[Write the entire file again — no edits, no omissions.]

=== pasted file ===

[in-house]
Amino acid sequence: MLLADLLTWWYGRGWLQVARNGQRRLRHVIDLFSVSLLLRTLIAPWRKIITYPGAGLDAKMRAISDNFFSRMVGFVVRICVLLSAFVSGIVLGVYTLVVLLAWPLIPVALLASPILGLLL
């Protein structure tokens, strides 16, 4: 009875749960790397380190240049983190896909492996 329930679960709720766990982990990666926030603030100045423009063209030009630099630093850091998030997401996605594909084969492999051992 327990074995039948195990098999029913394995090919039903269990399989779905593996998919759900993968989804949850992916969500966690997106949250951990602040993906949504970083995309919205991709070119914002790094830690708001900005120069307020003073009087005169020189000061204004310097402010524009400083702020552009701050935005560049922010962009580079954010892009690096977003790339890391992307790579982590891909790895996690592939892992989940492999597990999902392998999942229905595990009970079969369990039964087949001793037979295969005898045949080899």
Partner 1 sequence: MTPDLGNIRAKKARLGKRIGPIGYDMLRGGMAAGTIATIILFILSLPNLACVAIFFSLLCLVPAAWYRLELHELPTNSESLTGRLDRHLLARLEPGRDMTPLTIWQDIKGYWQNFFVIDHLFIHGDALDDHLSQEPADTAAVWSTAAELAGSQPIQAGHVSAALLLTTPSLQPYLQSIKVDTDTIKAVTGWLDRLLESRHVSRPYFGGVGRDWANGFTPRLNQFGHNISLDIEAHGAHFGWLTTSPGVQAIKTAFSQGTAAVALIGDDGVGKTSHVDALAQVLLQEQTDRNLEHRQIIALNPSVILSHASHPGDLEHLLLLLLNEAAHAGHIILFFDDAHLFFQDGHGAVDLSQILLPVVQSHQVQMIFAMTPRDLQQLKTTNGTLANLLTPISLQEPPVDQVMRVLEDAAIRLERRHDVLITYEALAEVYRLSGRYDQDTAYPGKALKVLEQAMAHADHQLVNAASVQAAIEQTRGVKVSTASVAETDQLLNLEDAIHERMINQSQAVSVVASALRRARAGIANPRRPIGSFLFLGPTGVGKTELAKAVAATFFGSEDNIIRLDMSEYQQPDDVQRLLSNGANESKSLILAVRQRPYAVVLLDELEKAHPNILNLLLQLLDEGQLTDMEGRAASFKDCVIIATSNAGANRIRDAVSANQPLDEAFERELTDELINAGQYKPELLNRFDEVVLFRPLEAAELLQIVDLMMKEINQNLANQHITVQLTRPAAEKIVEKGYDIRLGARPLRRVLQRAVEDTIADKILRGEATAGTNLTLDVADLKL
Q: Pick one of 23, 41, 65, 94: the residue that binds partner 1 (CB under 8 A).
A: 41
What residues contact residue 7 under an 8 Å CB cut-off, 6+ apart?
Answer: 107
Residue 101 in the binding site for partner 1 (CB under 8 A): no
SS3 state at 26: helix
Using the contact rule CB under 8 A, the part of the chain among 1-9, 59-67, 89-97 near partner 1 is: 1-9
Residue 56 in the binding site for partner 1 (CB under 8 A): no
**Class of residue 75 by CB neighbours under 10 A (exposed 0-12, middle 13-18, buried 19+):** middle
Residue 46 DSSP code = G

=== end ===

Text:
[in-house]
Amino acid sequence: MLLADLLTWWYGRGWLQVARNGQRRLRHVIDLFSVSLLLRTLIAPWRKIITYPGAGLDAKMRAISDNFFSRMVGFVVRICVLLSAFVSGIVLGVYTLVVLLAWPLIPVALLASPILGLLL
């Protein structure tokens, strides 16, 4: 009875749960790397380190240049983190896909492996 329930679960709720766990982990990666926030603030100045423009063209030009630099630093850091998030997401996605594909084969492999051992 327990074995039948195990098999029913394995090919039903269990399989779905593996998919759900993968989804949850992916969500966690997106949250951990602040993906949504970083995309919205991709070119914002790094830690708001900005120069307020003073009087005169020189000061204004310097402010524009400083702020552009701050935005560049922010962009580079954010892009690096977003790339890391992307790579982590891909790895996690592939892992989940492999597990999902392998999942229905595990009970079969369990039964087949001793037979295969005898045949080899």
Partner 1 sequence: MTPDLGNIRAKKARLGKRIGPIGYDMLRGGMAAGTIATIILFILSLPNLACVAIFFSLLCLVPAAWYRLELHELPTNSESLTGRLDRHLLARLEPGRDMTPLTIWQDIKGYWQNFFVIDHLFIHGDALDDHLSQEPADTAAVWSTAAELAGSQPIQAGHVSAALLLTTPSLQPYLQSIKVDTDTIKAVTGWLDRLLESRHVSRPYFGGVGRDWANGFTPRLNQFGHNISLDIEAHGAHFGWLTTSPGVQAIKTAFSQGTAAVALIGDDGVGKTSHVDALAQVLLQEQTDRNLEHRQIIALNPSVILSHASHPGDLEHLLLLLLNEAAHAGHIILFFDDAHLFFQDGHGAVDLSQILLPVVQSHQVQMIFAMTPRDLQQLKTTNGTLANLLTPISLQEPPVDQVMRVLEDAAIRLERRHDVLITYEALAEVYRLSGRYDQDTAYPGKALKVLEQAMAHADHQLVNAASVQAAIEQTRGVKVSTASVAETDQLLNLEDAIHERMINQSQAVSVVASALRRARAGIANPRRPIGSFLFLGPTGVGKTELAKAVAATFFGSEDNIIRLDMSEYQQPDDVQRLLSNGANESKSLILAVRQRPYAVVLLDELEKAHPNILNLLLQLLDEGQLTDMEGRAASFKDCVIIATSNAGANRIRDAVSANQPLDEAFERELTDELINAGQYKPELLNRFDEVVLFRPLEAAELLQIVDLMMKEINQNLANQHITVQLTRPAAEKIVEKGYDIRLGARPLRRVLQRAVEDTIADKILRGEATAGTNLTLDVADLKL
Q: Pick one of 23, 41, 65, 94: the residue that binds partner 1 (CB under 8 A).
A: 41
What residues contact residue 7 under an 8 Å CB cut-off, 6+ apart?
Answer: 107
Residue 101 in the binding site for partner 1 (CB under 8 A): no
SS3 state at 26: helix
Using the contact rule CB under 8 A, the part of the chain among 1-9, 59-67, 89-97 near partner 1 is: 1-9
Residue 56 in the binding site for partner 1 (CB under 8 A): no
**Class of residue 75 by CB neighbours under 10 A (exposed 0-12, middle 13-18, buried 19+):** middle
Residue 46 DSSP code = G